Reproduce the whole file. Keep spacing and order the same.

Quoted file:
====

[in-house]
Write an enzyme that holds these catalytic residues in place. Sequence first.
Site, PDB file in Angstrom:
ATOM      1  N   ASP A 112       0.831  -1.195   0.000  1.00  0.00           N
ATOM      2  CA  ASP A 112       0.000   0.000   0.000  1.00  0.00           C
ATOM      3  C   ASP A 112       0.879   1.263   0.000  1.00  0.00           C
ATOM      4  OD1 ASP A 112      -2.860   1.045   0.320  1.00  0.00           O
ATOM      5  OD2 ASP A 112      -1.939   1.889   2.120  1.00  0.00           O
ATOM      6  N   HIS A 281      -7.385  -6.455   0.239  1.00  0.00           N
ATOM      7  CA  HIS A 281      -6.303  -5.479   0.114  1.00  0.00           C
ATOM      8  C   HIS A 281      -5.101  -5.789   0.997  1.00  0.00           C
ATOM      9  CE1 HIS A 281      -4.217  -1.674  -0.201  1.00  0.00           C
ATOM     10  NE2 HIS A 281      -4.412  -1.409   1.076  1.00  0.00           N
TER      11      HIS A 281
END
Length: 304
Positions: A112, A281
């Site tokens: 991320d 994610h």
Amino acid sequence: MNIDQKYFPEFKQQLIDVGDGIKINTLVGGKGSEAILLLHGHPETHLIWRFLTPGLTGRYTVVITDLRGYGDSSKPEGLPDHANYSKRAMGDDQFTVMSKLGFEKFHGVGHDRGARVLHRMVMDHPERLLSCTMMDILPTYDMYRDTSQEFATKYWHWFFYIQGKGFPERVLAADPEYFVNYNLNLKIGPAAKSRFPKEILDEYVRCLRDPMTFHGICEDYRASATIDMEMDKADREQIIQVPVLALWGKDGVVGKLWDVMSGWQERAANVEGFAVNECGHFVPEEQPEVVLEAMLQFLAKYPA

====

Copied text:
[in-house]
Write an enzyme that holds these catalytic residues in place. Sequence first.
Site, PDB file in Angstrom:
ATOM      1  N   ASP A 112       0.831  -1.195   0.000  1.00  0.00           N
ATOM      2  CA  ASP A 112       0.000   0.000   0.000  1.00  0.00           C
ATOM      3  C   ASP A 112       0.879   1.263   0.000  1.00  0.00           C
ATOM      4  OD1 ASP A 112      -2.860   1.045   0.320  1.00  0.00           O
ATOM      5  OD2 ASP A 112      -1.939   1.889   2.120  1.00  0.00           O
ATOM      6  N   HIS A 281      -7.385  -6.455   0.239  1.00  0.00           N
ATOM      7  CA  HIS A 281      -6.303  -5.479   0.114  1.00  0.00           C
ATOM      8  C   HIS A 281      -5.101  -5.789   0.997  1.00  0.00           C
ATOM      9  CE1 HIS A 281      -4.217  -1.674  -0.201  1.00  0.00           C
ATOM     10  NE2 HIS A 281      -4.412  -1.409   1.076  1.00  0.00           N
TER      11      HIS A 281
END
Length: 304
Positions: A112, A281
């Site tokens: 991320d 994610h």
Amino acid sequence: MNIDQKYFPEFKQQLIDVGDGIKINTLVGGKGSEAILLLHGHPETHLIWRFLTPGLTGRYTVVITDLRGYGDSSKPEGLPDHANYSKRAMGDDQFTVMSKLGFEKFHGVGHDRGARVLHRMVMDHPERLLSCTMMDILPTYDMYRDTSQEFATKYWHWFFYIQGKGFPERVLAADPEYFVNYNLNLKIGPAAKSRFPKEILDEYVRCLRDPMTFHGICEDYRASATIDMEMDKADREQIIQVPVLALWGKDGVVGKLWDVMSGWQERAANVEGFAVNECGHFVPEEQPEVVLEAMLQFLAKYPA